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Flashcards in Hepatitis Deck (23):
1

How is Hep A transmitted?

Fecal-oral

2

How is Hep B transmitted?

Blood - IVDU and needles
Sexual
Mom --> fetus

3

How is Hep C transmitted?

Blood - IVDU and needles
Sex - more unlikely

4

How is Hep D transmitted?

Blood
Same as B since present together

5

How is E transmitted?

Fecal-oral

6

What does high transaminases (ALT/AST) indicate?

Hepato-cellular injury, necrosis, death

7

What is the likely outcome of Hep A infection in adults?

Fully recovery
No chronic damage or cancer

8

What is the likely disease process and outcome of Hep A infection in kids?

Less severe disease - likely asymptomatic

9

What is the disease outcome of Hep B infection in adults?

Highest chance for full recovery
Chance of:
- Chronic hepatitis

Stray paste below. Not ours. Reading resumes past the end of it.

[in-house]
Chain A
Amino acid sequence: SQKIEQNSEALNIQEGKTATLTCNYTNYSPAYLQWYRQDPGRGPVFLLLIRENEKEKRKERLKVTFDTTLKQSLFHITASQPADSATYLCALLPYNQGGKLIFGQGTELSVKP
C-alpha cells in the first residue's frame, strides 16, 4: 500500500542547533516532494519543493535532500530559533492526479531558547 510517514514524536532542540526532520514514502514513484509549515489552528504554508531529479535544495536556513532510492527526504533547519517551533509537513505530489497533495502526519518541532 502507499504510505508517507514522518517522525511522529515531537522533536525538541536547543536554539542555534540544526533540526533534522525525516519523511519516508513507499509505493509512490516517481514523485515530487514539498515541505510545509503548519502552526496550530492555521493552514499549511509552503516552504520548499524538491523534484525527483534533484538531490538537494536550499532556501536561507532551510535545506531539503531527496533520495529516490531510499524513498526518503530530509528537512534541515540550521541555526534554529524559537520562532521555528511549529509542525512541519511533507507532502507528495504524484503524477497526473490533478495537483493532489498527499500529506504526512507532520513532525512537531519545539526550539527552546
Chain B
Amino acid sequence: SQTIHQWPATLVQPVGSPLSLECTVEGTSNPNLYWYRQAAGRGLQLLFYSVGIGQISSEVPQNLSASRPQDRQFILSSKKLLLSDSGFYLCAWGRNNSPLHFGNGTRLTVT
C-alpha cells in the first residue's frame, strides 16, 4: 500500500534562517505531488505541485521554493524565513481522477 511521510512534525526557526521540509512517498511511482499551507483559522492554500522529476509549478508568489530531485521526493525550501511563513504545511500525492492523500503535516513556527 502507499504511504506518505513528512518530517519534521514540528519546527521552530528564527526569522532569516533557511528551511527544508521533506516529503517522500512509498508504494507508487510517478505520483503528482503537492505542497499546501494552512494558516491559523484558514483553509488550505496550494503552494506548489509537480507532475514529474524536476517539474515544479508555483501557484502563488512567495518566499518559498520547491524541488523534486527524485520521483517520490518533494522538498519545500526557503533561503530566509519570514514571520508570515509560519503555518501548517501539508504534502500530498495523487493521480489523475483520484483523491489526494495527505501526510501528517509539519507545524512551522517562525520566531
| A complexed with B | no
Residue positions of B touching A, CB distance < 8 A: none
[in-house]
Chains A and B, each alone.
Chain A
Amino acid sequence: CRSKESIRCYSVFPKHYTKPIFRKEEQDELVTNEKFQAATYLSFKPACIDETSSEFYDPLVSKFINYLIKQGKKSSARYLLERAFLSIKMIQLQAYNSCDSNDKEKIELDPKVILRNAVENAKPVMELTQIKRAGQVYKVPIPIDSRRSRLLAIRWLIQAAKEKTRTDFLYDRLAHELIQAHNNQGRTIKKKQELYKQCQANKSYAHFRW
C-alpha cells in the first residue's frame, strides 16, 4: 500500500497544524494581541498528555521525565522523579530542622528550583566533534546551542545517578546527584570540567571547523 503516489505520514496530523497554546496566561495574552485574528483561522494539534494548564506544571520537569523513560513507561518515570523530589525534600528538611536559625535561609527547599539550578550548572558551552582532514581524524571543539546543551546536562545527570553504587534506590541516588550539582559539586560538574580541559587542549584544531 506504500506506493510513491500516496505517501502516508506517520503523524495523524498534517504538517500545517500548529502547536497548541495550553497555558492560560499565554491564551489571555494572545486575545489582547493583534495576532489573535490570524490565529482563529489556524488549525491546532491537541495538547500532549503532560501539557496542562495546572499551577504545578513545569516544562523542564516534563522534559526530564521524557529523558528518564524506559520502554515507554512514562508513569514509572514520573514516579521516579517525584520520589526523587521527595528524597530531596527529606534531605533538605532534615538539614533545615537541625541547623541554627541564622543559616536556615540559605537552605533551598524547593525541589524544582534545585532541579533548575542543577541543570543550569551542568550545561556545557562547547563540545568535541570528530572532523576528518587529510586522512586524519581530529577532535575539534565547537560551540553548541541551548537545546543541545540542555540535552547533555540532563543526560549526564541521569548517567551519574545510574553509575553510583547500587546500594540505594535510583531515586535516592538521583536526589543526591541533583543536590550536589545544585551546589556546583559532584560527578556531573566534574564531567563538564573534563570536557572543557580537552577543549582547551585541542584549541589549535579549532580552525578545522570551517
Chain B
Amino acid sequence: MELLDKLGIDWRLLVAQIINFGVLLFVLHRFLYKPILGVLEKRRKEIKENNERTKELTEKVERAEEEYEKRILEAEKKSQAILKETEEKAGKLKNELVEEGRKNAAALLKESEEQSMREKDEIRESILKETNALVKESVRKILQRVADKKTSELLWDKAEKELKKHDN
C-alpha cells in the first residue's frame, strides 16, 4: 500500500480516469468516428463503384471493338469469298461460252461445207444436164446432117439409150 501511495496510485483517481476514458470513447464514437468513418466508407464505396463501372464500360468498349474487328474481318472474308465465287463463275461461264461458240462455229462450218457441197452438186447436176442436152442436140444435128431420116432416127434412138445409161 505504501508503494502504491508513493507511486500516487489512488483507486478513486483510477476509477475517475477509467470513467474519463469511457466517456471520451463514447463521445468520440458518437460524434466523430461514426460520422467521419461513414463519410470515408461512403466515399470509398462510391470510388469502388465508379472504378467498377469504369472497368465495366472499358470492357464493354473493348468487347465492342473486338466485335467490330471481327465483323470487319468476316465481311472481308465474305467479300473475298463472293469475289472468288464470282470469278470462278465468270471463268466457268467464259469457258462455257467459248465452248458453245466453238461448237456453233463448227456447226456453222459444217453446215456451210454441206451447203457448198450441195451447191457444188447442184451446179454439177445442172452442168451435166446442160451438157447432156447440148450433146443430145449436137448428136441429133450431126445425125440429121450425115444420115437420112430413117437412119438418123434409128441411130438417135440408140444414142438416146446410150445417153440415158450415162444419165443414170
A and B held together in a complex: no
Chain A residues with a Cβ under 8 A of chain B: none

- Higher risk of fulminant (sudden onsent) hepatitis

10

What complication is associated with Hep B in kids?

Higher risk of chronic hepatitis
But again, disease is likely to be less severe in kids

11

What is the Hep A vaccine?

Killed virus

12

What is the Hep B vaccine?

Recombinant surface antigen

13

Which has the highest risk of transmission via needle stick: HIV, Hep B, or Hep C?

Hep B!!

14

What do you give for Hep B prophylaxis?

Hyper immune gloublin + vaccine

15

Hep C prophylaxis

IFNa if acute infection develops
Otherwise monitor

16

Causes of cirrhosis

Alcohol
Hep B & C
Congenital
Toxins/meds

17

Treat Hep B

RT inhibitors: tenofovir
Pegylated IFNa

18

Treat Hep C

IFNa + ribavirin + protease inhibitor (telaprevir or boceprevir)

19

What stage of infection is Hep C Ab neg but RNA present?

Acute

20

What stage of infection is Hep Ab neg and RNA neg?

Not infected!!

21

What stage of infection is Hep C Ab + RNA +?

Active chronic?

22

What stage of infection is Hep C Ab+ RNA -?

Previous/resolved/not ongoing Hep C infection

23

Which Hep C genotype is most common throughout the US?

Type 1a